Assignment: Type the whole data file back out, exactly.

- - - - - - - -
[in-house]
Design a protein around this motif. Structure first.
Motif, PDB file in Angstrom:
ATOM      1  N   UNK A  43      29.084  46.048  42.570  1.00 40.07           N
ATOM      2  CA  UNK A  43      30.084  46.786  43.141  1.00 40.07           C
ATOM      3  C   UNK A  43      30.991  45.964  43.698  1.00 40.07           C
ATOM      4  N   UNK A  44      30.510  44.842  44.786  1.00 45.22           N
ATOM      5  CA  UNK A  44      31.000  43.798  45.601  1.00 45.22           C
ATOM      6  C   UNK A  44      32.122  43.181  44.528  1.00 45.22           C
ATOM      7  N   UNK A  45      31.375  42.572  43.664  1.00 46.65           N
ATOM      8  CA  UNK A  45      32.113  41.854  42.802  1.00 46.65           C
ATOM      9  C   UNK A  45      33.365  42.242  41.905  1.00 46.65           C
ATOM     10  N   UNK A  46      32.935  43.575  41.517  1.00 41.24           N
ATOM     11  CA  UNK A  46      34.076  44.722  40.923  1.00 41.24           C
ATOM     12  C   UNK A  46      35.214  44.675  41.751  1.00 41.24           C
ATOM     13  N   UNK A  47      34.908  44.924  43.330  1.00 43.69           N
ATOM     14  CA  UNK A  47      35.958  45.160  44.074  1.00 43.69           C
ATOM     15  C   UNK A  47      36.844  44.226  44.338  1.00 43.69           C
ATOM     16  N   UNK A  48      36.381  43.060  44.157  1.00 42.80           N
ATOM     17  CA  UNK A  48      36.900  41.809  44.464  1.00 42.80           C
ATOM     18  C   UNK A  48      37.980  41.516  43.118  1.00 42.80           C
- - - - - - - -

[in-house]
Design a protein around this motif. Structure first.
Motif, PDB file in Angstrom:
ATOM      1  N   UNK A  43      29.084  46.048  42.570  1.00 40.07           N
ATOM      2  CA  UNK A  43      30.084  46.786  43.141  1.00 40.07           C
ATOM      3  C   UNK A  43      30.991  45.964  43.698  1.00 40.07           C
ATOM      4  N   UNK A  44      30.510  44.842  44.786  1.00 45.22           N
ATOM      5  CA  UNK A  44      31.000  43.798  45.601  1.00 45.22           C
ATOM      6  C   UNK A  44      32.122  43.181  44.528  1.00 45.22           C
ATOM      7  N   UNK A  45      31.375  42.572  43.664  1.00 46.65           N
ATOM      8  CA  UNK A  45      32.113  41.854  42.802  1.00 46.65           C
ATOM      9  C   UNK A  45      33.365  42.242  41.905  1.00 46.65           C
ATOM     10  N   UNK A  46      32.935  43.575  41.517  1.00 41.24           N
ATOM     11  CA  UNK A  46      34.076  44.722  40.923  1.00 41.24           C
ATOM     12  C   UNK A  46      35.214  44.675  41.751  1.00 41.24           C
ATOM     13  N   UNK A  47      34.908  44.924  43.330  1.00 43.69           N
ATOM     14  CA  UNK A  47      35.958  45.160  44.074  1.00 43.69           C
ATOM     15  C   UNK A  47      36.844  44.226  44.338  1.00 43.69           C
ATOM     16  N   UNK A  48      36.381  43.060  44.157  1.00 42.80           N
ATOM     17  CA  UNK A  48      36.900  41.809  44.464  1.00 42.80           C
ATOM     18  C   UNK A  48      37.980  41.516  43.118  1.00 42.80           C